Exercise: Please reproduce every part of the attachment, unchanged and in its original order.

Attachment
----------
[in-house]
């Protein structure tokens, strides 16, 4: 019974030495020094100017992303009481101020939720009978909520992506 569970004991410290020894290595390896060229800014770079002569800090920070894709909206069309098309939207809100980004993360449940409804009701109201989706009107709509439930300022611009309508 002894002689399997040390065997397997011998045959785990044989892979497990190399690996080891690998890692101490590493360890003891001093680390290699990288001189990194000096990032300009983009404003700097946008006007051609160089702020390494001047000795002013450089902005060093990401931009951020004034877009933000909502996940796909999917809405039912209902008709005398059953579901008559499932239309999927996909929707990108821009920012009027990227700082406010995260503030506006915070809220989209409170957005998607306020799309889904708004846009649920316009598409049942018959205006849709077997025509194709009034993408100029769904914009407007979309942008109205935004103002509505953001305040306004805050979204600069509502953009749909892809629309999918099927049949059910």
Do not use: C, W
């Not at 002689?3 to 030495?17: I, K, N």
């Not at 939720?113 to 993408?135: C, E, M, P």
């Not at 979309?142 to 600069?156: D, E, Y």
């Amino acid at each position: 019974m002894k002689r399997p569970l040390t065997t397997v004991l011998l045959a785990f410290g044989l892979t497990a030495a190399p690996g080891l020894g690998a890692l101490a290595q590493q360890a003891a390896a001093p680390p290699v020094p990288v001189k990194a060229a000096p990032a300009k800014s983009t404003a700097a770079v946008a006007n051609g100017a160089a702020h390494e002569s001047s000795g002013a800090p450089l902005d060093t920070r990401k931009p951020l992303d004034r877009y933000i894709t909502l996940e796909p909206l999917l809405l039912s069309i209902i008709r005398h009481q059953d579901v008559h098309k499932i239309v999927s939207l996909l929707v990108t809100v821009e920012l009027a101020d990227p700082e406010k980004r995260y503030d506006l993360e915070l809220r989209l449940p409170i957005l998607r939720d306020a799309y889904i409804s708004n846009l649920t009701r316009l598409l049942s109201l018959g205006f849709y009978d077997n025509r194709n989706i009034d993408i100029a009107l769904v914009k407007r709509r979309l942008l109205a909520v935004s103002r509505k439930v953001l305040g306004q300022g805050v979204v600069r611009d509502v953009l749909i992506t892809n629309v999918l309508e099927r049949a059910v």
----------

[in-house]
């Protein structure tokens, strides 16, 4: 019974030495020094100017992303009481101020939720009978909520992506 569970004991410290020894290595390896060229800014770079002569800090920070894709909206069309098309939207809100980004993360449940409804009701109201989706009107709509439930300022611009309508 002894002689399997040390065997397997011998045959785990044989892979497990190399690996080891690998890692101490590493360890003891001093680390290699990288001189990194000096990032300009983009404003700097946008006007051609160089702020390494001047000795002013450089902005060093990401931009951020004034877009933000909502996940796909999917809405039912209902008709005398059953579901008559499932239309999927996909929707990108821009920012009027990227700082406010995260503030506006915070809220989209409170957005998607306020799309889904708004846009649920316009598409049942018959205006849709077997025509194709009034993408100029769904914009407007979309942008109205935004103002509505953001305040306004805050979204600069509502953009749909892809629309999918099927049949059910």
Do not use: C, W
């Not at 002689?3 to 030495?17: I, K, N």
């Not at 939720?113 to 993408?135: C, E, M, P």
């Not at 979309?142 to 600069?156: D, E, Y």
């Amino acid at each position: 019974m002894k002689r399997p569970l040390t065997t397997v004991l011998l045959a785990f410290g044989l892979t497990a030495a190399p690996g080891l020894g690998a890692l101490a290595q590493q360890a003891a390896a001093p680390p290699v020094p990288v001189k990194a060229a000096p990032a300009k800014s983009t404003a700097a770079v946008a006007n051609g100017a160089a702020h390494e002569s001047s000795g002013a800090p450089l902005d060093t920070r990401k931009p951020l992303d004034r877009y933000i894709t909502l996940e796909p909206l999917l809405l039912s069309i209902i008709r005398h009481q059953d579901v008559h098309k499932i239309v999927s939207l996909l929707v990108t809100v821009e920012l009027a101020d990227p700082e406010k980004r995260y503030d506006l993360e915070l809220r989209l449940p409170i957005l998607r939720d306020a799309y889904i409804s708004n846009l649920t009701r316009l598409l049942s109201l018959g205006f849709y009978d077997n025509r194709n989706i009034d993408i100029a009107l769904v914009k407007r709509r979309l942008l109205a909520v935004s103002r509505k439930v953001l305040g306004q300022g805050v979204v600069r611009d509502v953009l749909i992506t892809n629309v999918l309508e099927r049949a059910v």